How to Tell if You’re Chatting with an AI Bot or Online Scammer on Social Media or a Dating Site

How to Tell if You are Chatting with an AI Bot or Online Scammer on Social Media or a Dating Site
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While scammers on dating apps and social media have been around since, well, social media, with the rise of AI and AI bots and other bots the flood of scams has risen to tsunami levels. Here’s how to tell if you are chatting with a scammer or AI bot on social media or a dating site.

Scammers and Bots and AI, Oh My!

The odds are good that if you recognize the movie from which the above heading was derived, you are in the target sweet spot in terms of how old you are and being targeted by scammers, but nobody is immune, and this is particularly true for scammers on dating sites. This is because scammers employ social engineering to play on the heartstrings of lonely people.

Social engineering is defined by Crowdstrike as “cyberattacks that use psychological tactics to manipulate people into taking a desired action, like giving up confidential information. Social engineering attacks work because humans can be compelled to act by powerful motivations, such as money, love, and fear. Adversaries play on these characteristics by offering false opportunities to fulfill those desires.”

Another way that scammers employ social engineering is by playing on peoples’ sympathies. This is part of the reason that so many Facebook scammers pose as recently widowed men, throwing in military service as an extra measure to play on peoples’ sense of patriotism, in hopes of eliciting an “Oh my goodness, this poor man served his country and now he’s widowed” reaction. Sometimes for some reason, instead of military service, they will say that they are a “civil engineer”. Of course, that “poor man” is likely a man or woman sitting in their living room in a country such as Pakistan, Romania, or Nigeria, who is not widowed, not an American military veteran, and most certainly not your friend.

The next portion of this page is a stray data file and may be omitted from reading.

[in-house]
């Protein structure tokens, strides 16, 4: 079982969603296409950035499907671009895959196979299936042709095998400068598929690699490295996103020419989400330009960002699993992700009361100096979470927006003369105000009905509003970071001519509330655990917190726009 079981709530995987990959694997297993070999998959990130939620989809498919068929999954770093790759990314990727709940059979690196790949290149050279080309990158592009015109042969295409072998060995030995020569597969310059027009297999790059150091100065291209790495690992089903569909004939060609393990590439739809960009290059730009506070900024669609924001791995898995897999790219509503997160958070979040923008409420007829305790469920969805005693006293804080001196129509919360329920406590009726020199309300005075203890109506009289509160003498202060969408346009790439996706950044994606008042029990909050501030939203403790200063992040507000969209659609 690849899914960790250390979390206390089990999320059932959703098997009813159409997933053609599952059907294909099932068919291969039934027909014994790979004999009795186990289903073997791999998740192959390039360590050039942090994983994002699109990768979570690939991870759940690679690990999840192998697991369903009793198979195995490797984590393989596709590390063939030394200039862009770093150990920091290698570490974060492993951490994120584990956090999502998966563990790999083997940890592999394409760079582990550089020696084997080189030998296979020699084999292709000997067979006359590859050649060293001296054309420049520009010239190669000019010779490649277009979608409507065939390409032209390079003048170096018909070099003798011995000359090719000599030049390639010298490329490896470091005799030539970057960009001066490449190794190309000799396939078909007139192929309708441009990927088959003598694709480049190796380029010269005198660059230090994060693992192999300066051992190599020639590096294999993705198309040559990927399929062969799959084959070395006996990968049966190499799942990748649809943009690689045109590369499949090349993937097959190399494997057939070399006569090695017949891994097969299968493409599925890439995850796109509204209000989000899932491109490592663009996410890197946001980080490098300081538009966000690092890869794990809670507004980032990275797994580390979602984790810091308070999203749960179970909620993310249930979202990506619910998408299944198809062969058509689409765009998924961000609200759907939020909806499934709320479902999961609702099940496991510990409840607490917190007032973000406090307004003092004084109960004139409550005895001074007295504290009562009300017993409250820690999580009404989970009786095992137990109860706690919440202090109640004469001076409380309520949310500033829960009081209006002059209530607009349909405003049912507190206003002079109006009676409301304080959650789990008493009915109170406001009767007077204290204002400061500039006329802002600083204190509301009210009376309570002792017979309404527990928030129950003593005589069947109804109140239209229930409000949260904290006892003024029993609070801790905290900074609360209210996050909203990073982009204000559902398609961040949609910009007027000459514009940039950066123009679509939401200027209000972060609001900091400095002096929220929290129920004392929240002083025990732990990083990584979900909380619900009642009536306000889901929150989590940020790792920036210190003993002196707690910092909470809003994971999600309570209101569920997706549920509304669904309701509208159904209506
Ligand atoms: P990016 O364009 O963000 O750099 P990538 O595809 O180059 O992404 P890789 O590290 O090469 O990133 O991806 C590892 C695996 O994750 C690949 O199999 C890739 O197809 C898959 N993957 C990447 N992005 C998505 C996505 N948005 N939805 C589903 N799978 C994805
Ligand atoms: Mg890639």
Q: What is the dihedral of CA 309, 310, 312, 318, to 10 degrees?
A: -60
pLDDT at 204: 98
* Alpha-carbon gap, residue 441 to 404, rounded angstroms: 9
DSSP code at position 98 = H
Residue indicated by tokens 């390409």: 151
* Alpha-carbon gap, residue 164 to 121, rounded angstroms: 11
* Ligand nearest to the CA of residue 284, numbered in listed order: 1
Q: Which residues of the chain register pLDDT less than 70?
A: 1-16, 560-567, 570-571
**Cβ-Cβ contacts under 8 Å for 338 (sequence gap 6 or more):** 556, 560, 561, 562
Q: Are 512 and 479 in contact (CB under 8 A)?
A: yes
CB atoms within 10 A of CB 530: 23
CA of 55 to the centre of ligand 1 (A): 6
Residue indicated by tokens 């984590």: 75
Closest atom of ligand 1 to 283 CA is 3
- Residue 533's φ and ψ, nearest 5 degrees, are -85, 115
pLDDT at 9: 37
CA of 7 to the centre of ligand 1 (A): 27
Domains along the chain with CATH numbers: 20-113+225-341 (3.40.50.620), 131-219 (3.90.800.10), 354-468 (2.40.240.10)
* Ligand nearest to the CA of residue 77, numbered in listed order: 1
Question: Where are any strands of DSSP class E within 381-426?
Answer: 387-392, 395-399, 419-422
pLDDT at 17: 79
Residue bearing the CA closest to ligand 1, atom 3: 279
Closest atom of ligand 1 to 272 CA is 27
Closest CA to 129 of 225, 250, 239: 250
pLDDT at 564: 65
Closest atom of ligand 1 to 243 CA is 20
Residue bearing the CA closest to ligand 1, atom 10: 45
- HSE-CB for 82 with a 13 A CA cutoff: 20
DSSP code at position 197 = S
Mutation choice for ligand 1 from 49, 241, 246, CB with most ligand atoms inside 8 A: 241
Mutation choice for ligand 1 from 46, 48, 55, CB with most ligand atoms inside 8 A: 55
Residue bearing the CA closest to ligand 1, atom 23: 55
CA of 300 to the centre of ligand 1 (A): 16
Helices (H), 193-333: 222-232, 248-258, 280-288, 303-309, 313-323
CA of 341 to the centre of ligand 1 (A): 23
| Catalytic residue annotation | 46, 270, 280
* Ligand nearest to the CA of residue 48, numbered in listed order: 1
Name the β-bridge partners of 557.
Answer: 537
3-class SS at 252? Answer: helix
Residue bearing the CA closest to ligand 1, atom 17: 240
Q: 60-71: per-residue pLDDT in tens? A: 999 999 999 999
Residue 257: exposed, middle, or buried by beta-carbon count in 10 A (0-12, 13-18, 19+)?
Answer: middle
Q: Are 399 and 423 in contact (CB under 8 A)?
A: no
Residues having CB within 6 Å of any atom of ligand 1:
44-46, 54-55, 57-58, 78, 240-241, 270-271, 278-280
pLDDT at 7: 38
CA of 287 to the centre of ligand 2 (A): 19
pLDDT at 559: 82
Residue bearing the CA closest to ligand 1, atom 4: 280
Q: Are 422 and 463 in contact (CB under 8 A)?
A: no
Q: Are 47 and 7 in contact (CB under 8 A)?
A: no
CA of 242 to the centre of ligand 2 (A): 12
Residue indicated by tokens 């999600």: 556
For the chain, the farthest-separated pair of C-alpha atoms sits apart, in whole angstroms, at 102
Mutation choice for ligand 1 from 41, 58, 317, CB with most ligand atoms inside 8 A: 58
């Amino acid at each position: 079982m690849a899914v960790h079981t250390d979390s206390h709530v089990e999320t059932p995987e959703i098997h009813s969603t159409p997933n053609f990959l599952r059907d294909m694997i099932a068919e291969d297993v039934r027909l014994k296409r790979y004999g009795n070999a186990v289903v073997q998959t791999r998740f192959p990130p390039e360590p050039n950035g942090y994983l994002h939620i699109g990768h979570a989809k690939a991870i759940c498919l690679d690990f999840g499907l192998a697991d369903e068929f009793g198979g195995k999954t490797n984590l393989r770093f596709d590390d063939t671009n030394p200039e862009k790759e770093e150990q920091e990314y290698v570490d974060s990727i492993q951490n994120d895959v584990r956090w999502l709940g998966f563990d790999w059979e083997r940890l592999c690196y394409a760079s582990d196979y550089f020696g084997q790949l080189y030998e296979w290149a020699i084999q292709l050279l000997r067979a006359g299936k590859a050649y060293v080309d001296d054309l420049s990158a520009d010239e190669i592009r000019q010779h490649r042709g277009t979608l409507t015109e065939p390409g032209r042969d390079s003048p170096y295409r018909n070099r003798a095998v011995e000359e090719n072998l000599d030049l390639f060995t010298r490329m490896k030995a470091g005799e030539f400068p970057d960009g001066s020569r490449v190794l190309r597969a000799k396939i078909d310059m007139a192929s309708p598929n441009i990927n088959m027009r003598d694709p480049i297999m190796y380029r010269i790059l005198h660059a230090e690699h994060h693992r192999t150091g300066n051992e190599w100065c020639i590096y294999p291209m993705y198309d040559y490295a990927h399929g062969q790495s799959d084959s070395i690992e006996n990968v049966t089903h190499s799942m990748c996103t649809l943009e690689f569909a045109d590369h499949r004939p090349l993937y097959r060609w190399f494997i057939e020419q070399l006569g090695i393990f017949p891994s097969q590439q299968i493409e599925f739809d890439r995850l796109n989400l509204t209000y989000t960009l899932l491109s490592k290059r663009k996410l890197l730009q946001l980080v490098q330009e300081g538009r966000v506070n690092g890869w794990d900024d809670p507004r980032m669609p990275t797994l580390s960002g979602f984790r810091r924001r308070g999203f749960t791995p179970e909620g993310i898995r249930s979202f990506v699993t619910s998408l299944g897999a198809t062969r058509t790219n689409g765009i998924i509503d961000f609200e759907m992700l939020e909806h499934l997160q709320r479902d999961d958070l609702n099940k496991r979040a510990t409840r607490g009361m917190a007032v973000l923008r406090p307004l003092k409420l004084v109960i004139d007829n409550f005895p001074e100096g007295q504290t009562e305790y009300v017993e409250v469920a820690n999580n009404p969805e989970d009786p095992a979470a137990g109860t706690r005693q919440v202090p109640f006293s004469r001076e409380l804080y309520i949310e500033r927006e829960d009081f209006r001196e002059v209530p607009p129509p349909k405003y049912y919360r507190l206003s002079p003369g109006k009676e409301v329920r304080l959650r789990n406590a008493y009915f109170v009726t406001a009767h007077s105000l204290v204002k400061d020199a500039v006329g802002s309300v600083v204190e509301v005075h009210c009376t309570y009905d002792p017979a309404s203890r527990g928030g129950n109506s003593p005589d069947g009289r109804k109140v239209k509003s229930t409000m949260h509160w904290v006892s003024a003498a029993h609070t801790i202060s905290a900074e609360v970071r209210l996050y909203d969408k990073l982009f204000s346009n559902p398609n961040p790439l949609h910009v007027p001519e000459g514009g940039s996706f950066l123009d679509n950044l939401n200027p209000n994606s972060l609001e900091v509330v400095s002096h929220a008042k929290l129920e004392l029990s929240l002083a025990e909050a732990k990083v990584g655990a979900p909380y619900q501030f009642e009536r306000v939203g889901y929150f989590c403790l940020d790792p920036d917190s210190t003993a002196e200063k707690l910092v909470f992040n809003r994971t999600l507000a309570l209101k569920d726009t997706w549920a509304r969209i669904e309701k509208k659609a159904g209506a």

How to Tell if Someone is an Overseas Scammer and/or Using AI to Communicate with You

One of the telltale signs of a scammer is the way that their messages read. If they claim to be in your country, and are communicating with you in your own native language, and their syntax, grammar, or choice of words seems just a bit off, there is a good chance that they either are not from your country and your language is not their first language, or they are using AI, or both.

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Of course, not being from your country, or your language not being their first language, isn’t on its own a reason to suspect someone of being less than honest – it’s the coupling of them representing that they are from your area along with the telltale signs that they are not that is suspect. This more often happens on dating sites and apps where the scammer is pretending to have a romantic interest in you.

Look at this image of an actual conversation recently taken from a dating site:

how to tell if you are chatting with a scammer or a bot on social media or a dating app or dating site

Notice how the first paragraph is nice and chatty, but seems a bit off. It sounds so nice, solicitous, and references a previous message by the other person, ending on a flirty note complete with emoji. It was, in fact, almost enough to pass muster, until you look at the bits that are the telltale signs, such as the mismatch of singulars and plurals (“project work are done”) and the poor grammar/punctuation (“outdoors on the project and tend to be more of a homebody”).

Having already determined that this person is quite likely a scammer, their target doesn’t respond to that message and, when their target doesn’t respond further, they send another message, resorting to what is that frequent telltale sign of a scammer, that they are a “civil engineer” and, yes, widowed.